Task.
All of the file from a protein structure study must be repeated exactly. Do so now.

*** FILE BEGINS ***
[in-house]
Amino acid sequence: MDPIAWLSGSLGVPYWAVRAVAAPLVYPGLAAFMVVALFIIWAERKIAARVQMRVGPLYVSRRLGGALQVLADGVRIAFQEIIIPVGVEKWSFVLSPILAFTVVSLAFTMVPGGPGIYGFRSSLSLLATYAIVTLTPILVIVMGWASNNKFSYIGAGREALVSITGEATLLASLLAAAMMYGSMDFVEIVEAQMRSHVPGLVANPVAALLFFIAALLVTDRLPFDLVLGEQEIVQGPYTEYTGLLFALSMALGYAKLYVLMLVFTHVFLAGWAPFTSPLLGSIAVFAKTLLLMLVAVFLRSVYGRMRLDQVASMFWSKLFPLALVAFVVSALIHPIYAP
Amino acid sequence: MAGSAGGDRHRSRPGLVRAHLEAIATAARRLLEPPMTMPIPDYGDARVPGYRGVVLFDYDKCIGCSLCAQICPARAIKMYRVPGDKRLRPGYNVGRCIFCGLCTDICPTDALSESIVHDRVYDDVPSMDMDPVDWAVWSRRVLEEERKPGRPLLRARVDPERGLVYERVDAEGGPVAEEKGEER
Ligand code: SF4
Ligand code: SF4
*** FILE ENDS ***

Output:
[in-house]
Amino acid sequence: MDPIAWLSGSLGVPYWAVRAVAAPLVYPGLAAFMVVALFIIWAERKIAARVQMRVGPLYVSRRLGGALQVLADGVRIAFQEIIIPVGVEKWSFVLSPILAFTVVSLAFTMVPGGPGIYGFRSSLSLLATYAIVTLTPILVIVMGWASNNKFSYIGAGREALVSITGEATLLASLLAAAMMYGSMDFVEIVEAQMRSHVPGLVANPVAALLFFIAALLVTDRLPFDLVLGEQEIVQGPYTEYTGLLFALSMALGYAKLYVLMLVFTHVFLAGWAPFTSPLLGSIAVFAKTLLLMLVAVFLRSVYGRMRLDQVASMFWSKLFPLALVAFVVSALIHPIYAP
Amino acid sequence: MAGSAGGDRHRSRPGLVRAHLEAIATAARRLLEPPMTMPIPDYGDARVPGYRGVVLFDYDKCIGCSLCAQICPARAIKMYRVPGDKRLRPGYNVGRCIFCGLCTDICPTDALSESIVHDRVYDDVPSMDMDPVDWAVWSRRVLEEERKPGRPLLRARVDPERGLVYERVDAEGGPVAEEKGEER
Ligand code: SF4
Ligand code: SF4